I am sitting here thinking back to some of the very reasons Amanda and I wanted to start Daily Duranie. Both of us felt there were labels and images being applied to fans that were so incredibly incorrect (in many cases)…and the “dialogue” between the fans and the band was nearly non-existent for all but a sacred few. We may never sort  out every assumption and label completely. Groupies exist, fans exist, and fans who have sometimes fantasized about what it all might really be like exist – and the lines between it all are pretty blurry at best. Not an easy fix. Amanda and I liked to characterize fandom as a type of dysfunctional family – which still seems to sum it all up fairly well. For me personally, I’ve enjoyed observing the fan community on this level for the past several years (even prior to beginning the blog). It has forced me to continually re-evaluate my own feelings and biases, and some things that I felt certain about on Daily Duranie Day One, are now notions that I see completely differently now on Day Whatever-This-Might-Be. My only hope going forward is that we continue to be unafraid to broach the “hard” subjects. No, we may not find the right answers – but if we don’t even bother to look, what point is there?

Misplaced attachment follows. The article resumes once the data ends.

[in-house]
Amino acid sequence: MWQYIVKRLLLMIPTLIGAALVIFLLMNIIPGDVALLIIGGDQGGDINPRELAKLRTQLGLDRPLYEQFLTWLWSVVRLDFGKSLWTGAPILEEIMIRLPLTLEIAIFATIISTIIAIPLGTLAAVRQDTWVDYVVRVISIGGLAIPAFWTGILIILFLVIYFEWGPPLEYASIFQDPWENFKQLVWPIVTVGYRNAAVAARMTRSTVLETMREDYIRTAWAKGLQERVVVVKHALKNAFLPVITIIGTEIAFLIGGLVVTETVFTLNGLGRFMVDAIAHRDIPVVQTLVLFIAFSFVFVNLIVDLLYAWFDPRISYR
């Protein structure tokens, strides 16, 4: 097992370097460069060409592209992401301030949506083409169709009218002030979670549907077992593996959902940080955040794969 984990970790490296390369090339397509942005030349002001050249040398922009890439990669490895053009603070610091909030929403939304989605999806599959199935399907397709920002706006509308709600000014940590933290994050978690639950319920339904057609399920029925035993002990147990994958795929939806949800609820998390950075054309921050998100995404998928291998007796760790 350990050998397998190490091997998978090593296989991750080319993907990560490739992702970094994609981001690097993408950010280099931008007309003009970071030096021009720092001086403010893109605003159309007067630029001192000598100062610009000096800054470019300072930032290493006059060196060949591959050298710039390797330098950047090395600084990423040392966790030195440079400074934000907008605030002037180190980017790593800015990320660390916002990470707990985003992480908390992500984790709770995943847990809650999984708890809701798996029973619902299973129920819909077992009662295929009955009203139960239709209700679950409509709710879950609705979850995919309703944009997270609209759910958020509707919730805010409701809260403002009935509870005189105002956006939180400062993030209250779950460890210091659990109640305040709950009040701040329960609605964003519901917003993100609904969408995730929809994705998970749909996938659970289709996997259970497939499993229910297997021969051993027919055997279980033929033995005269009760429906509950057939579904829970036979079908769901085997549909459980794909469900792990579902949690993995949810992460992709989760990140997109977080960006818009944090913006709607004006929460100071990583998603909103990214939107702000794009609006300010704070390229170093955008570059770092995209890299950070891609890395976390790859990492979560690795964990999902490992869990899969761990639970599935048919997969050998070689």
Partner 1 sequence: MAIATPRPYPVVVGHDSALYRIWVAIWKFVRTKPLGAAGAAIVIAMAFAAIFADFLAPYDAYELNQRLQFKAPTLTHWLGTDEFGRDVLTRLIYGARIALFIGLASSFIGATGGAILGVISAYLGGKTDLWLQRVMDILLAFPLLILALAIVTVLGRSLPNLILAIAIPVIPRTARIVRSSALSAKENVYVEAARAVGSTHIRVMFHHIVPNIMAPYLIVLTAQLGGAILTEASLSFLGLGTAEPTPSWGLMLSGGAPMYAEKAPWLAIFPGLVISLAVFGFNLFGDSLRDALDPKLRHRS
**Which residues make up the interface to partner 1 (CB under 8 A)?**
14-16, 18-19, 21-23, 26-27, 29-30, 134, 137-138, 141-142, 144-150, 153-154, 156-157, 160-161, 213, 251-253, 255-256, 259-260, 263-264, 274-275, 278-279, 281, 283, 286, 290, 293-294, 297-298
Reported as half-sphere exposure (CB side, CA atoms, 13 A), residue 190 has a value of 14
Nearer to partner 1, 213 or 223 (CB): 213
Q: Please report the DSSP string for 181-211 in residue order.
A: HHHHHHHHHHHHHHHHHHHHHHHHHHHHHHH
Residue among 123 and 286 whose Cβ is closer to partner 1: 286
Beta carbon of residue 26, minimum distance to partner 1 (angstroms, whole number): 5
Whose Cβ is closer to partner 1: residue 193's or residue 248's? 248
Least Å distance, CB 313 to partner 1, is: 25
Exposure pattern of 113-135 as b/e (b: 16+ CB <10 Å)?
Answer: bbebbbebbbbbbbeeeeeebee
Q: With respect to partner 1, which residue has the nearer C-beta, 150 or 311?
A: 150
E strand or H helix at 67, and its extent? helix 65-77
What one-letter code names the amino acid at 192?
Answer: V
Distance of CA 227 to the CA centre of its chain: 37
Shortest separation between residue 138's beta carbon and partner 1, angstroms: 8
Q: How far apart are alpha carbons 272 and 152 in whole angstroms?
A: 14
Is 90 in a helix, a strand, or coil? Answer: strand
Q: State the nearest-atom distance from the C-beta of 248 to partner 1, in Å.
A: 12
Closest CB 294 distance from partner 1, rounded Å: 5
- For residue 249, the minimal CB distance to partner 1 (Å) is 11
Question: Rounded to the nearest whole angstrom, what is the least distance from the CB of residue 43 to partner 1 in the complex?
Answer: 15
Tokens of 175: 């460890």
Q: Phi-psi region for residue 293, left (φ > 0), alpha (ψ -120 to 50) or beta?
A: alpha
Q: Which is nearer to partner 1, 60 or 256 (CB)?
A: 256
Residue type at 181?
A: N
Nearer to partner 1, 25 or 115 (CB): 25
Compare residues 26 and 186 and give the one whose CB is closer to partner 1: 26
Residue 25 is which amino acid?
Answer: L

-R

4 thoughts on “I Did NOT Lose My Virginity To a Rock Star!”

  1. Even if anything DID happen and you DID tell someone, they probably wouldn’t believe you anyway! As for me – uncool in 1982, still uncool now – definitely not a groupie!

  2. Such things make me laugh…
    Two of the band’s wags are young fans: the girls attended their gigs, waited out of their hotels for them just like thousands of us do. At the end they just won the lottery!
    The differences with their wags in the 80s? Back then they were chicks of their circle since day one and being with them all day, they grew like true, genuine lovers and supporters, they stood back the guys, they were able to enjoy the guys deeply, becasue there was no intrusion of social networks, internet, blah, blah…
    Today the fans/wags are smarter, less naive than their old wags were, they are more into the social networks, they know more the fandom, so they can give them a proper support, help, advice … and in fact the youngest ones get mentioned on the latest record and their credits are weel deserved.
    It’s a fact, I’m not jealous… simply I see this big difference.
    Having said that, I still continue loving their first 80s wags,